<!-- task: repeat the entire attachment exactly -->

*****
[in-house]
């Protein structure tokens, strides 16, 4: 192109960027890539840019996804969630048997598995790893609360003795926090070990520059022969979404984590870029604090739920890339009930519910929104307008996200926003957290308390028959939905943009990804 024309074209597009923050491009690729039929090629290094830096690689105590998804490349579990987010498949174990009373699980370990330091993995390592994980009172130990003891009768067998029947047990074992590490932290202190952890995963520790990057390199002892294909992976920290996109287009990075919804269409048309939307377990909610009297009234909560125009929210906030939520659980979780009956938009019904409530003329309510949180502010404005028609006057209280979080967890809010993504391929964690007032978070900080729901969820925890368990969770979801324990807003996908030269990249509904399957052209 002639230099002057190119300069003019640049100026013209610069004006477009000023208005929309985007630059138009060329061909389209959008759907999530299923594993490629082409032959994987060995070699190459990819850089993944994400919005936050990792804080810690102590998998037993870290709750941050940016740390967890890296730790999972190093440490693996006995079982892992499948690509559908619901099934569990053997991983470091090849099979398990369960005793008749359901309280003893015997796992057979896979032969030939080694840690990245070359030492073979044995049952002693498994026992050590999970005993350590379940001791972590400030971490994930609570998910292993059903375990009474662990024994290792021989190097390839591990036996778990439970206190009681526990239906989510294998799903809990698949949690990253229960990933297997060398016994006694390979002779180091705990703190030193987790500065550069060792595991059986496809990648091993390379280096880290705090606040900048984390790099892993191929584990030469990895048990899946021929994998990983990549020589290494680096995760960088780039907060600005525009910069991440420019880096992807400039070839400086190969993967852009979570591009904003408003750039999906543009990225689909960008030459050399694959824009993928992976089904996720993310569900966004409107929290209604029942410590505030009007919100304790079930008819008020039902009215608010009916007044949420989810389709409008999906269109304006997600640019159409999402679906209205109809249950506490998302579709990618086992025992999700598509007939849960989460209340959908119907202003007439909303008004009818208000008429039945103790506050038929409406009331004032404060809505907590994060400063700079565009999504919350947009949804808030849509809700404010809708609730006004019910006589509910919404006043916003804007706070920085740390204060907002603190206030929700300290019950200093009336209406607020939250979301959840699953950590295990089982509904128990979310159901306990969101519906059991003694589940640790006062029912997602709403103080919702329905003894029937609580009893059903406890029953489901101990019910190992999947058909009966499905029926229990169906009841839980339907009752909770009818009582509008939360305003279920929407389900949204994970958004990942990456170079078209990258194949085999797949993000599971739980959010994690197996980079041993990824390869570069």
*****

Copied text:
[in-house]
């Protein structure tokens, strides 16, 4: 192109960027890539840019996804969630048997598995790893609360003795926090070990520059022969979404984590870029604090739920890339009930519910929104307008996200926003957290308390028959939905943009990804 024309074209597009923050491009690729039929090629290094830096690689105590998804490349579990987010498949174990009373699980370990330091993995390592994980009172130990003891009768067998029947047990074992590490932290202190952890995963520790990057390199002892294909992976920290996109287009990075919804269409048309939307377990909610009297009234909560125009929210906030939520659980979780009956938009019904409530003329309510949180502010404005028609006057209280979080967890809010993504391929964690007032978070900080729901969820925890368990969770979801324990807003996908030269990249509904399957052209 002639230099002057190119300069003019640049100026013209610069004006477009000023208005929309985007630059138009060329061909389209959008759907999530299923594993490629082409032959994987060995070699190459990819850089993944994400919005936050990792804080810690102590998998037993870290709750941050940016740390967890890296730790999972190093440490693996006995079982892992499948690509559908619901099934569990053997991983470091090849099979398990369960005793008749359901309280003893015997796992057979896979032969030939080694840690990245070359030492073979044995049952002693498994026992050590999970005993350590379940001791972590400030971490994930609570998910292993059903375990009474662990024994290792021989190097390839591990036996778990439970206190009681526990239906989510294998799903809990698949949690990253229960990933297997060398016994006694390979002779180091705990703190030193987790500065550069060792595991059986496809990648091993390379280096880290705090606040900048984390790099892993191929584990030469990895048990899946021929994998990983990549020589290494680096995760960088780039907060600005525009910069991440420019880096992807400039070839400086190969993967852009979570591009904003408003750039999906543009990225689909960008030459050399694959824009993928992976089904996720993310569900966004409107929290209604029942410590505030009007919100304790079930008819008020039902009215608010009916007044949420989810389709409008999906269109304006997600640019159409999402679906209205109809249950506490998302579709990618086992025992999700598509007939849960989460209340959908119907202003007439909303008004009818208000008429039945103790506050038929409406009331004032404060809505907590994060400063700079565009999504919350947009949804808030849509809700404010809708609730006004019910006589509910919404006043916003804007706070920085740390204060907002603190206030929700300290019950200093009336209406607020939250979301959840699953950590295990089982509904128990979310159901306990969101519906059991003694589940640790006062029912997602709403103080919702329905003894029937609580009893059903406890029953489901101990019910190992999947058909009966499905029926229990169906009841839980339907009752909770009818009582509008939360305003279920929407389900949204994970958004990942990456170079078209990258194949085999797949993000599971739980959010994690197996980079041993990824390869570069």